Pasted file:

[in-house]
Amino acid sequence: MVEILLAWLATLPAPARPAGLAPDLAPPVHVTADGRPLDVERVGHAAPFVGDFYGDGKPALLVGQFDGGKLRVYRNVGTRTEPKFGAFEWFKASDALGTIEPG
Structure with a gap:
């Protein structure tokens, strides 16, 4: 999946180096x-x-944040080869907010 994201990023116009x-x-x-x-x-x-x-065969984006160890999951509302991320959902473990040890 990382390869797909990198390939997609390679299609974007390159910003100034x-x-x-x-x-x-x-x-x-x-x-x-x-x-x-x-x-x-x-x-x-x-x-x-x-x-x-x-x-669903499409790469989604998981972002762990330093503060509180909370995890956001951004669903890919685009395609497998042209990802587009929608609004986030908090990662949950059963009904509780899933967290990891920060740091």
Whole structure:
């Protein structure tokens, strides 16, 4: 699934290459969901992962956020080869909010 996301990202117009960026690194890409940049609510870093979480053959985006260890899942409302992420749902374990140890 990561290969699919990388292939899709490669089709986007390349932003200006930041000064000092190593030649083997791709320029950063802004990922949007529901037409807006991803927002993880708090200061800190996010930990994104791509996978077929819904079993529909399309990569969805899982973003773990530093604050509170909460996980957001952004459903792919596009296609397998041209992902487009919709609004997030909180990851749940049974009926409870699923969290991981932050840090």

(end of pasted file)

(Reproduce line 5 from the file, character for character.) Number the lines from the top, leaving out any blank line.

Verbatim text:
Whole structure: